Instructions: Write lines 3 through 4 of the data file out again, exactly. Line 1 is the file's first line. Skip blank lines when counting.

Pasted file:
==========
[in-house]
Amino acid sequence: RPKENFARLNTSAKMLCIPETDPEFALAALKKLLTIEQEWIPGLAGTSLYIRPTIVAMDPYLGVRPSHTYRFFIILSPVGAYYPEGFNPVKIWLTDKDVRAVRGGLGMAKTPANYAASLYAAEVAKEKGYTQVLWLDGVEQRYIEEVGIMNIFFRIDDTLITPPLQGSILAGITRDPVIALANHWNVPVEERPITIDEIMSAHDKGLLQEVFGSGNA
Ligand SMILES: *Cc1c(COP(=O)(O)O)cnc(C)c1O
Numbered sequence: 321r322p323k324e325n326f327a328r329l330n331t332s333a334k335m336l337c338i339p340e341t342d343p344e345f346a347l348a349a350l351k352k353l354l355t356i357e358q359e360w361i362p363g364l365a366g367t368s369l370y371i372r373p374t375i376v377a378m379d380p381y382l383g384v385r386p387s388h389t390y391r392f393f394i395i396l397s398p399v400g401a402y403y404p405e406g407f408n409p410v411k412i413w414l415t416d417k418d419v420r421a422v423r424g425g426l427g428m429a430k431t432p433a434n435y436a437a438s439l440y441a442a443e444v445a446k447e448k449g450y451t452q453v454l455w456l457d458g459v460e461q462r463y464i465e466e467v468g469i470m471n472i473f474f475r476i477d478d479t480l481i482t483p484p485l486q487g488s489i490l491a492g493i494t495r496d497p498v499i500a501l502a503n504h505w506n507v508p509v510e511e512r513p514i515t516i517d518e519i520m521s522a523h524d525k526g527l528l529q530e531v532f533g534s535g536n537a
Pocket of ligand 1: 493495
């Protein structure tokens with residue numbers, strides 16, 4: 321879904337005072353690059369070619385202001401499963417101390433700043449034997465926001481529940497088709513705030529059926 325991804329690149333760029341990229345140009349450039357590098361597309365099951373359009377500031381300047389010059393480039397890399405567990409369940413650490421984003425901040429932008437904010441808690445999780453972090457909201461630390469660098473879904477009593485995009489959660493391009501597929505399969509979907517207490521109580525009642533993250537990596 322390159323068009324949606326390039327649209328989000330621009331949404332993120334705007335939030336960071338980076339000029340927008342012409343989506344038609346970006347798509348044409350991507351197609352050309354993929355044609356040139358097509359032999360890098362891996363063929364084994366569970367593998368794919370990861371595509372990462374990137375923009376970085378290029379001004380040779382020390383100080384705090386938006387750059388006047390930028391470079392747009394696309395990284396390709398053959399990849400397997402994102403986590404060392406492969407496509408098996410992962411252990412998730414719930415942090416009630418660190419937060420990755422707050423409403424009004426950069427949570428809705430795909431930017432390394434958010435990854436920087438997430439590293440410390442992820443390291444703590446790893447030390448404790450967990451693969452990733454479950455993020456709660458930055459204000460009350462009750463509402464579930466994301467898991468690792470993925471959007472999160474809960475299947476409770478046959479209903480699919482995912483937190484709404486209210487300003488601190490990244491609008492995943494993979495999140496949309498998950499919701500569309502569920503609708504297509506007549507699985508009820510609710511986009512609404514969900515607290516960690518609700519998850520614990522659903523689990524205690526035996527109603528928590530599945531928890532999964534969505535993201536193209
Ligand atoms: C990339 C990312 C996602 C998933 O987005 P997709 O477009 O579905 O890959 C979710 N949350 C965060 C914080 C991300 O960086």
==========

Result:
Ligand SMILES: *Cc1c(COP(=O)(O)O)cnc(C)c1O
Numbered sequence: 321r322p323k324e325n326f327a328r329l330n331t332s333a334k335m336l337c338i339p340e341t342d343p344e345f346a347l348a349a350l351k352k353l354l355t356i357e358q359e360w361i362p363g364l365a366g367t368s369l370y371i372r373p374t375i376v377a378m379d380p381y382l383g384v385r386p387s388h389t390y391r392f393f394i395i396l397s398p399v400g401a402y403y404p405e406g407f408n409p410v411k412i413w414l415t416d417k418d419v420r421a422v423r424g425g426l427g428m429a430k431t432p433a434n435y436a437a438s439l440y441a442a443e444v445a446k447e448k449g450y451t452q453v454l455w456l457d458g459v460e461q462r463y464i465e466e467v468g469i470m471n472i473f474f475r476i477d478d479t480l481i482t483p484p485l486q487g488s489i490l491a492g493i494t495r496d497p498v499i500a501l502a503n504h505w506n507v508p509v510e511e512r513p514i515t516i517d518e519i520m521s522a523h524d525k526g527l528l529q530e531v532f533g534s535g536n537a